The Pleasures of Discipline

Blog, meta, writing

In my time as a writer, one persistent myth I’ve noticed, which clings to even seasoned writers, is that one should wait for inspiration. One doesn’t need to force words out with something as tedious and dull as discipline. Just let the words come naturally, as if by magic which came from rainbows farted out of a unicorn’s asshole.

Just like rainbows farted out of a unicorn’s asshole, the idea that most writers can get anywhere without discipline is false.

Queer, Here (?)

Blog, meta

I’ve been getting back into submitting short stories and I am struck by the number of queer* journals and magazines handwaving their, well, queer content with phrases like “we don’t just publish queer content” or “it doesn’t have to be about that”.

qaf uk -- stuart oh yeah right

Okay mate, if you want to wuss out, be my guest. Because that is exactly what these magazines are doing. If I want to read queer content, I look to queer magazines and journals. Hello. By basically “watering down” their content, they betray the very reason they are supposed to exist, and they betray their core readers. And that last thing, to me, is one of the gravest sins a publisher or writer can commit.  You do not dis the reader. Ever.

If you publish queer content, publish queer content. Gleefully rub it in people’s faces. Don’t give a shit about people who squawk, queer or no. Just be out and proud about it. Like, “yes, we just published an explicit story about rimming, and next issue we have lesbian lovers working through parenting!” People haven’t died in a myriad of ways, from murder to AIDs, so you can wuss out and publish content that “doesn’t have to be about that” or whatever.

* Queer because it is the best all inclusive term, has been reclaimed since the ’80’s, and hints at radicalism.

ETA: I wrote a much more eloquent blog post on pretty much the same topic here. I guess it’s been bugging me for awhile?

Mood

Blog, meta, novella: the weight, writing

The project I’ve spent the last six months on, The Weight of the Impossible, deals with a fifteen year old protagonist, Zach, who is a junior level competitive figure skater. As all teens do, he has a very particular lexicon. I found a graphic (on Twitter, I believe) which lists Generation Z terminology and jokingly posted it to my Facebook, saying: “Lo, the language of my protagonist. Though he says ‘fuck’ a lot more.” I decided to go through that graphic and write the Zach version. For the lolz, as Millennials might say.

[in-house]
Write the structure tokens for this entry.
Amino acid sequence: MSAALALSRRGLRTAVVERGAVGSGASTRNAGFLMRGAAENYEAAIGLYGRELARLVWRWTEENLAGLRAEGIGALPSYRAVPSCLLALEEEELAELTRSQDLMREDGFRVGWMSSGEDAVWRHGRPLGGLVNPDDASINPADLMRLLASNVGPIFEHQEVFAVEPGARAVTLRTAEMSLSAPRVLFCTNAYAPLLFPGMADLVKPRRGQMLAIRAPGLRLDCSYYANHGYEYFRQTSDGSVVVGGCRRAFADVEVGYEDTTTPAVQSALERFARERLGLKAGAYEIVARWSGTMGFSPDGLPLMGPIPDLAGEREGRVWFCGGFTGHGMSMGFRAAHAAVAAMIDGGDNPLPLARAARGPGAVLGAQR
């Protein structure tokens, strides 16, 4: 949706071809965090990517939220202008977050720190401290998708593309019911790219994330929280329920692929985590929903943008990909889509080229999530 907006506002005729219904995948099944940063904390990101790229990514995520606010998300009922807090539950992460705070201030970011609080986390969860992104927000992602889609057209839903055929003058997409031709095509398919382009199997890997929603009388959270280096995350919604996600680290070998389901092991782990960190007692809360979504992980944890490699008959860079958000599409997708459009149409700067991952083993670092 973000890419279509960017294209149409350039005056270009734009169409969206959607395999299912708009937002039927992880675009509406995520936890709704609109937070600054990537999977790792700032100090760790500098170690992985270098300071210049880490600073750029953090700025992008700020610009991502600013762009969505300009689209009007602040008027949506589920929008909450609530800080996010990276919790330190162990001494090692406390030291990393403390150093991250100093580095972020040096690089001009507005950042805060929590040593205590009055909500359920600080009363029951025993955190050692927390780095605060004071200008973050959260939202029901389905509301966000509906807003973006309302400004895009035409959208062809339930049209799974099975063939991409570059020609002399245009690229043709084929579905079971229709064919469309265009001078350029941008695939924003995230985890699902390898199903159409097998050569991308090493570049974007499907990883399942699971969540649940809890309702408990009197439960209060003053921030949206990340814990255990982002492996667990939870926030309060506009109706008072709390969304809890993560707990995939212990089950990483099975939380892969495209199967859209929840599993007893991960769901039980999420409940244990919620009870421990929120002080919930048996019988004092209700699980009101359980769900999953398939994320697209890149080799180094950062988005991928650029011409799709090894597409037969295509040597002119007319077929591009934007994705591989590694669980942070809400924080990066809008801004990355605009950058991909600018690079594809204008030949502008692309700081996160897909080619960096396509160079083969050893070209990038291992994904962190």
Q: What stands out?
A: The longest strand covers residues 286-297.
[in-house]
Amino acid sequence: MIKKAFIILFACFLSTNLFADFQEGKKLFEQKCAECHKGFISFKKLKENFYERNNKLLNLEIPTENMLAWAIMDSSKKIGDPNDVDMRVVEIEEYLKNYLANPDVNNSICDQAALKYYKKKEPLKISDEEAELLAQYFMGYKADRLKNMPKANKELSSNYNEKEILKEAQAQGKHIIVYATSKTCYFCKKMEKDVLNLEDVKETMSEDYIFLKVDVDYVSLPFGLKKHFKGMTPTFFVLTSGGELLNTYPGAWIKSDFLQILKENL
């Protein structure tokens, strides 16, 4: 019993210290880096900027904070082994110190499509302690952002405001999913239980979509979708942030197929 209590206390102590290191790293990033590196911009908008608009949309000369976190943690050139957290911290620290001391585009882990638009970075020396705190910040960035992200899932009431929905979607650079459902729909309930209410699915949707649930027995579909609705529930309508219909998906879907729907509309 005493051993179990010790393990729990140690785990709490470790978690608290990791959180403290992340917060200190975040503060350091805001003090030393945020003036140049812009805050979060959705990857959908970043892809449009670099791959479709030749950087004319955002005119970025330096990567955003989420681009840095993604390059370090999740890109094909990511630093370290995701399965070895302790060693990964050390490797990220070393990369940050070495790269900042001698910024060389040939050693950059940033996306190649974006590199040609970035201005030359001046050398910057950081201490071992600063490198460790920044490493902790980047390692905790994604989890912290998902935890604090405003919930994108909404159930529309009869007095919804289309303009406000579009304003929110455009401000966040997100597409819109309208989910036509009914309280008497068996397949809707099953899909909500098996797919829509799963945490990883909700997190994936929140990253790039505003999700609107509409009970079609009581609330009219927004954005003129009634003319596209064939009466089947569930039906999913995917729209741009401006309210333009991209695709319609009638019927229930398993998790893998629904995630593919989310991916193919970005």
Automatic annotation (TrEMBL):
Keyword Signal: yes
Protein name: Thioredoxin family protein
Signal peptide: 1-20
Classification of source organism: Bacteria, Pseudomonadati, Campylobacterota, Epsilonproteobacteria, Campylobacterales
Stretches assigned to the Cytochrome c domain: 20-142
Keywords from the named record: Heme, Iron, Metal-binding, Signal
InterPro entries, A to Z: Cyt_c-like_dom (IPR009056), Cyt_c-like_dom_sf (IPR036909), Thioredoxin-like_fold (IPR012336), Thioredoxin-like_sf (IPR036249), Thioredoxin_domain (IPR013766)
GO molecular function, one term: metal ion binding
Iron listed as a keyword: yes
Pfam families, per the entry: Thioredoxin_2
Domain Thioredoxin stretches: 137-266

zach lingo

 

The Sense of a (Queer) Ending

Blog, meta, reading

I was digging through some of my old graduate school manuscripts. One of my instructors had commented that the story I’d submitted should have a more ambiguous ending. I have no doubt she was right, but this got me thinking about endings. I couldn’t help but reflect on my current work. Did the ending need more ambiguity? Could I make the ending of my novella more ambiguous?

I suppose I could. I suppose there could be more of the unknown or unknowable there. I suppose I could have some mystery hovering over the relationship of the protagonist and his lover.

But I think it would be more subversive to have an unambiguously hopeful ending. This is because the novel is a queer story; the protagonist is queer, and so is his relationship with his lover.

Queer stories, for anyone who knows, are impossibilities when it comes to endings. You have two paths and two paths only: the one which leads to a happy ending, and the other which leads to an obscene tragedy of some kind,

Guess which ending is most common, even today.

So I prefer the unambiguously happy ending. It’s more powerful, more subversive. And it gives queer people much needed hope. 

Ambiguity can have its place in fiction, certainly. But, when it comes to endings, I think queer people deserve more than tragedy or ambiguity.